The body of the lamp is made from transparent vitreous-silica tube of various diameters and wall thicknesses. This material, referred to as quartz, has important properties vital to the efficient operation of an ultraviolet system. It has 90% transparency to ultraviolet light, whereas normal glass filters out all except the longer, weaker wavelengths. The surface temperature of an ultraviolet lamp under normal operating conditions is between 600'C and 800'C. Quartz is able to withstand these temperatures as it has a very low thermal expansion characteristic and high melting temperature.

The electrodes, from which the high voltage arc is sustained, are made from a tungsten rod and with tungsten wire. Tungsten is necessary to withstand internal arc temperatures over 3000'C. Electrodes must be designed carefully to ensure efficient, reliable operation and long lamp life. The parameters affecting this design are extremely complex.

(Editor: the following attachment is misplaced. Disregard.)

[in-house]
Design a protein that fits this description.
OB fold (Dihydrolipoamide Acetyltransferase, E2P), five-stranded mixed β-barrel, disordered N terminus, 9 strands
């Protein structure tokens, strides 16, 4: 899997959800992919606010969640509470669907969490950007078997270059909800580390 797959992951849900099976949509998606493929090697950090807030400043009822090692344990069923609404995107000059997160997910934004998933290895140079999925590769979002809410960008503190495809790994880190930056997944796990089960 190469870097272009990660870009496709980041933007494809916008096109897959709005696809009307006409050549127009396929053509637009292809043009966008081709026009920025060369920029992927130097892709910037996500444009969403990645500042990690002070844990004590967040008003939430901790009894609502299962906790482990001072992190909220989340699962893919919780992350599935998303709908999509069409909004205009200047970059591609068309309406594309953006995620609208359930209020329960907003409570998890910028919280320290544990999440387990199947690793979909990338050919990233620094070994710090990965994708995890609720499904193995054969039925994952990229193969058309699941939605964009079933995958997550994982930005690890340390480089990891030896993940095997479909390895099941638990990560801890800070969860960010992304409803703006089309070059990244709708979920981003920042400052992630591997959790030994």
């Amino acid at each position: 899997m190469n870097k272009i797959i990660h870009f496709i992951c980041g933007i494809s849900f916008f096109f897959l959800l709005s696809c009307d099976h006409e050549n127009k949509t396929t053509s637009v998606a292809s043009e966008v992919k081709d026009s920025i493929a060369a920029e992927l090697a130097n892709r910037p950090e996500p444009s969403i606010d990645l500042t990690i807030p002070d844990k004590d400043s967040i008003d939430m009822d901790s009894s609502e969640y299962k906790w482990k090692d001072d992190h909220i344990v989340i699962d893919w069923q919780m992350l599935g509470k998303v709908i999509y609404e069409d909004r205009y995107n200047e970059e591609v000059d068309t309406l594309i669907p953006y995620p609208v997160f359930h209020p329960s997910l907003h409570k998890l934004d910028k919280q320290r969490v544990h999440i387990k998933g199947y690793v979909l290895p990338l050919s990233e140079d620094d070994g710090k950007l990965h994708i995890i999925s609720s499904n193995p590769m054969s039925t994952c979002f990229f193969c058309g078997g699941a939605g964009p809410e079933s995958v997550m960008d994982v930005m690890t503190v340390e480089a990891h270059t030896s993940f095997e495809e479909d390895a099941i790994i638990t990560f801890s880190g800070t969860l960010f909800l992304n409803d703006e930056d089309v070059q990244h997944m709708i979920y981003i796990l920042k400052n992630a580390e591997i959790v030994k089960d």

Because of the extremely high running temperatures, and the low expansion characteristic of the quartz, the correct selection of a suitable material to connect the electrode inside the envelope, to the power supply on the outside of the envelope, is extremely important.

Molybdenum foil which has a low coefficient of expansion and is capable of carrying the high voltage required to sustain a stable arc.

Additional electrical connections are made using high temperature wire. Electrical insulation at the end of the lamp can be achieved by the use of a ceramic end cap.

Electrical Requirements For Medium Pressure Mercury Arc Lamps:

Due to the electrical nature of a medium pressure mercury arc lamp, mains voltage alone is usually insufficient to operate the lamp. Therefore a step-up transformer is used. These transformers have to be correctly matched to the electrical demands of each lamp size and type.